Of course, if you know us at all, you won't be surprised to hear that several of our bike trips were destined for breweries. We were, however, pleasantly surprised with the extent of the craft beer scene, having arrived expecting to find no more variety than Tsingtao-type "refreshing" lagers. Several of the taprooms we visited are located in "the hutong," our favorite element of Beijing. Hutong are traditional courtyard homes that predate the literal rise of mega-apartment complexes beginning thirty or so years ago with the "opening up" of China. A single hutong seems to be designated by the common alleyway of the homes' entrances, so many uniquely named hutong can be found in a small area, which made tracking down the breweries an adventure in and of itself.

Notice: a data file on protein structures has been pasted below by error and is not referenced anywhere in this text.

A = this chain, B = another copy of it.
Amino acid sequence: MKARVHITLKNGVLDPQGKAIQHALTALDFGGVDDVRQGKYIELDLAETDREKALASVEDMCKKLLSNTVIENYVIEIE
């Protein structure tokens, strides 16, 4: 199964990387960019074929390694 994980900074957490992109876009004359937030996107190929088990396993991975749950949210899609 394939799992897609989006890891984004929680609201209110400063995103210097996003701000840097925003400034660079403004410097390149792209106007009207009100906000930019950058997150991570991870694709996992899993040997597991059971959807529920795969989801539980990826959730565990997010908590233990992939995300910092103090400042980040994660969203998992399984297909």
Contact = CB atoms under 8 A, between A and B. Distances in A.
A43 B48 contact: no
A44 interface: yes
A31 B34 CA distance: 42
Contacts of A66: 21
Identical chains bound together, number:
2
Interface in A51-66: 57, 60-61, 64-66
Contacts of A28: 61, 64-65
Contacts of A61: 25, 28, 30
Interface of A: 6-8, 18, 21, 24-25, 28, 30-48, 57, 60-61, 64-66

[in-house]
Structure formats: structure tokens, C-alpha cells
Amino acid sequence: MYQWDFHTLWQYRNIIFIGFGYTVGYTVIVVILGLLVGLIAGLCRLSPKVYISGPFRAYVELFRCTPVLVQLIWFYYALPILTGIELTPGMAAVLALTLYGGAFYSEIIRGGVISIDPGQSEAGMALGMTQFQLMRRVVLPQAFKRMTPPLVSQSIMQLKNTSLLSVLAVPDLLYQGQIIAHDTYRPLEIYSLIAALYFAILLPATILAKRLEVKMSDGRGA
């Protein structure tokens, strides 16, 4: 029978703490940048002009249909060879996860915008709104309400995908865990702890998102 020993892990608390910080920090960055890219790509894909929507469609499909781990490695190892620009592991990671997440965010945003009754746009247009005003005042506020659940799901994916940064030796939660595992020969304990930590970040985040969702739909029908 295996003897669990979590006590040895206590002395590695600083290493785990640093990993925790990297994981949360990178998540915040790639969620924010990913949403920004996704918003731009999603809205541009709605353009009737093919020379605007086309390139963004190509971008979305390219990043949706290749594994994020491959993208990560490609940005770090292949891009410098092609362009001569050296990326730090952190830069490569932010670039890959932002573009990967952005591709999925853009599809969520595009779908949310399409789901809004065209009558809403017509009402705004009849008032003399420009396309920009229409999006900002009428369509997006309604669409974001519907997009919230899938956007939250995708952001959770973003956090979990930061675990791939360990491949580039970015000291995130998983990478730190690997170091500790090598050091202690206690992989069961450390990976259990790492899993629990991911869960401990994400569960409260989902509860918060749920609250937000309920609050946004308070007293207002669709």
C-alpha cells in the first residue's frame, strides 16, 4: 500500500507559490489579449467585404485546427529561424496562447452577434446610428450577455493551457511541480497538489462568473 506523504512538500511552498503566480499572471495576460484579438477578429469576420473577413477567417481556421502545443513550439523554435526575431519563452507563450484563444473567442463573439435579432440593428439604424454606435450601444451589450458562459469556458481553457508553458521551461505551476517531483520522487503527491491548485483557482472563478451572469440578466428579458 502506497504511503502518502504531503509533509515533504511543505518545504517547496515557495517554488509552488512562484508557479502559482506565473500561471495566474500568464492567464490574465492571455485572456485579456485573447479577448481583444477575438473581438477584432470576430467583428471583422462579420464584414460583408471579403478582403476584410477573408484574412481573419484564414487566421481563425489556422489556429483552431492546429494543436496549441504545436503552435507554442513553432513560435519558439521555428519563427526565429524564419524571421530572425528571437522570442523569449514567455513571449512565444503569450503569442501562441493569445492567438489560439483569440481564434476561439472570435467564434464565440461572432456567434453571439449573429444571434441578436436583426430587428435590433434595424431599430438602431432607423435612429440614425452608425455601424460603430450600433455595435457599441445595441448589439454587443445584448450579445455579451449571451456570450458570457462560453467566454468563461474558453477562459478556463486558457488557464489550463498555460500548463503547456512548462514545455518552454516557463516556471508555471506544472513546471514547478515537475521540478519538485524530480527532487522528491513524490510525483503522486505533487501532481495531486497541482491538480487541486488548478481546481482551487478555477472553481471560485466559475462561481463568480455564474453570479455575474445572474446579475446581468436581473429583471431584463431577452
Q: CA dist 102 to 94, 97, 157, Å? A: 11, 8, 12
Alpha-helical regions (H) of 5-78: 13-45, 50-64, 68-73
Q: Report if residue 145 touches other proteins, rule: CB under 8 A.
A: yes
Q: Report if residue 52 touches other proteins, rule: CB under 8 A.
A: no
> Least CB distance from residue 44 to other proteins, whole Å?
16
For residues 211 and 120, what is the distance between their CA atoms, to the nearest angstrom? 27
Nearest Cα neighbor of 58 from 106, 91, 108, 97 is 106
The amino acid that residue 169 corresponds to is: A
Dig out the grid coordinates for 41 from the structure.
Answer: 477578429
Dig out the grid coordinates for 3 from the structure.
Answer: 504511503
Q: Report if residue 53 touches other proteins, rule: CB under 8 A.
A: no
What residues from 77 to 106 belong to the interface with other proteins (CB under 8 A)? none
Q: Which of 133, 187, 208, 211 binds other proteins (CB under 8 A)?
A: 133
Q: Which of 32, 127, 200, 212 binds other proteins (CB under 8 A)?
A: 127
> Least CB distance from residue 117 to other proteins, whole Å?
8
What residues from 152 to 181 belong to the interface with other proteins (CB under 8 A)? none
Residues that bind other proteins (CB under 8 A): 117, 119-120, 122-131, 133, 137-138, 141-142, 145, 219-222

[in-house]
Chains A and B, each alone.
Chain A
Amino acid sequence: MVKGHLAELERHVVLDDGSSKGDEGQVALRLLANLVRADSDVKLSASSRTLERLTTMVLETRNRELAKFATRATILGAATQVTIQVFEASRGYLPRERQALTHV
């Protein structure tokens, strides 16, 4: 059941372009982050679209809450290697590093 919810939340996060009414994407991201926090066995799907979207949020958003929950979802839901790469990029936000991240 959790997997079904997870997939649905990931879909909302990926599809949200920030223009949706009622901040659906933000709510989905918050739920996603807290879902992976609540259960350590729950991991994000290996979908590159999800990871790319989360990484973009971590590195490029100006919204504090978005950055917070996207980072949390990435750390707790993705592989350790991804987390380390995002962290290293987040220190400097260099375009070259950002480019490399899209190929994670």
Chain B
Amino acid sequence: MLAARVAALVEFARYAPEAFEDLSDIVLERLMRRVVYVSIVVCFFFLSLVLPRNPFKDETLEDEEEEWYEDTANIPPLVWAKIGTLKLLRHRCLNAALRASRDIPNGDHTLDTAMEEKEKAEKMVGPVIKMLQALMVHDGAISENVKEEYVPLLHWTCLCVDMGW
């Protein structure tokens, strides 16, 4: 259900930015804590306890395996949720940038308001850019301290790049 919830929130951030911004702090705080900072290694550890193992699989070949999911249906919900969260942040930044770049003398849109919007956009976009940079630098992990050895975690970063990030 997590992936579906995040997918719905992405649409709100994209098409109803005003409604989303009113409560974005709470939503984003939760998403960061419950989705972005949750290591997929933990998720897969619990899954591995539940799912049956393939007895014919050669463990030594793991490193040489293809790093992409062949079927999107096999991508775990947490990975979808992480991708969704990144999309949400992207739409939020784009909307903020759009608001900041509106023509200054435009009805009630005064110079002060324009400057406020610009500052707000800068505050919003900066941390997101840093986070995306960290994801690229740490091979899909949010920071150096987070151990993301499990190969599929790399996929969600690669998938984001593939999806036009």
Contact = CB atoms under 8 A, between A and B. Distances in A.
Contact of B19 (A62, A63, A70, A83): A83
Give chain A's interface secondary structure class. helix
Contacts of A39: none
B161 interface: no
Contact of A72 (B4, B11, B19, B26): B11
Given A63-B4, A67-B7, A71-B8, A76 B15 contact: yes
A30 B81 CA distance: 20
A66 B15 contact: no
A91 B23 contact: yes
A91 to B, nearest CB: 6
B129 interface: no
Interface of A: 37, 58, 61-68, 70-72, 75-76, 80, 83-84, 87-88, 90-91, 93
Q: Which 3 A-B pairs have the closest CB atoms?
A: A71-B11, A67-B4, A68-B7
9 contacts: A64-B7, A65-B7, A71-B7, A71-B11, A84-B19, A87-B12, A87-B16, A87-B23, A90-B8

Many hutong have already been destroyed to make way for Beijing's modernization, and surely many more will be, especially as younger generations prefer not to live in such a highly communal situation, and by that I mean a public bathroom outside the home with often times no stalls between the squat-hole style toilet. At the same time, certain hutong have become trendy spots for cafes and bars, others have commercialized into boutique shopping pedestrian streets. The local government has recognized the tourism value of hutong and responded with targeted "restoration" efforts, which really entails knocking them down and rebuilding in a similar style, but inevitably losing character in their newness. As a visitor passing through, it is easy cling to the preservation opinion, but as a resident of Beijing, I can see how the future of the hutong is much more complex, both literally and figuratively grey.